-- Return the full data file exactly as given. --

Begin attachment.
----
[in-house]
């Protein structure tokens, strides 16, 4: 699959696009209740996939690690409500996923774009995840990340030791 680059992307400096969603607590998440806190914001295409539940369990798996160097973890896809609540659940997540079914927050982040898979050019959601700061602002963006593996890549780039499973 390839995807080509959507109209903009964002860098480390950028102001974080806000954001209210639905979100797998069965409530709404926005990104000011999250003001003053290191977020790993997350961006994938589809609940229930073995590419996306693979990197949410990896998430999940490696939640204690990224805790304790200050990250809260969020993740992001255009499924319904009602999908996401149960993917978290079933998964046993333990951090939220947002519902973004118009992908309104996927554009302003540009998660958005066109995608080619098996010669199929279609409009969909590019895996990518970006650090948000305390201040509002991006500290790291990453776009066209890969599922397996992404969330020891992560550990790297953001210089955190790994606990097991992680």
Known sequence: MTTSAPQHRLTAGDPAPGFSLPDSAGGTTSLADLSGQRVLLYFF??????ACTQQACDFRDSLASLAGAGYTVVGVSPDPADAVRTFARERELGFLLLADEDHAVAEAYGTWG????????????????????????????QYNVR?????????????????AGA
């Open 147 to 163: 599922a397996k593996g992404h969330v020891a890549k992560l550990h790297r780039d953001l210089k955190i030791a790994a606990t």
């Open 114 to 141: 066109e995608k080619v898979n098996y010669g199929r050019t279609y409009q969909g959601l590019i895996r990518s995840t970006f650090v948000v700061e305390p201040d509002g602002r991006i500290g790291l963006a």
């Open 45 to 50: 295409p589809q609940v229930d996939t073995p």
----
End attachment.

[in-house]
């Protein structure tokens, strides 16, 4: 699959696009209740996939690690409500996923774009995840990340030791 680059992307400096969603607590998440806190914001295409539940369990798996160097973890896809609540659940997540079914927050982040898979050019959601700061602002963006593996890549780039499973 390839995807080509959507109209903009964002860098480390950028102001974080806000954001209210639905979100797998069965409530709404926005990104000011999250003001003053290191977020790993997350961006994938589809609940229930073995590419996306693979990197949410990896998430999940490696939640204690990224805790304790200050990250809260969020993740992001255009499924319904009602999908996401149960993917978290079933998964046993333990951090939220947002519902973004118009992908309104996927554009302003540009998660958005066109995608080619098996010669199929279609409009969909590019895996990518970006650090948000305390201040509002991006500290790291990453776009066209890969599922397996992404969330020891992560550990790297953001210089955190790994606990097991992680």
Known sequence: MTTSAPQHRLTAGDPAPGFSLPDSAGGTTSLADLSGQRVLLYFF??????ACTQQACDFRDSLASLAGAGYTVVGVSPDPADAVRTFARERELGFLLLADEDHAVAEAYGTWG????????????????????????????QYNVR?????????????????AGA
């Open 147 to 163: 599922a397996k593996g992404h969330v020891a890549k992560l550990h790297r780039d953001l210089k955190i030791a790994a606990t």
């Open 114 to 141: 066109e995608k080619v898979n098996y010669g199929r050019t279609y409009q969909g959601l590019i895996r990518s995840t970006f650090v948000v700061e305390p201040d509002g602002r991006i500290g790291l963006a």
């Open 45 to 50: 295409p589809q609940v229930d996939t073995p």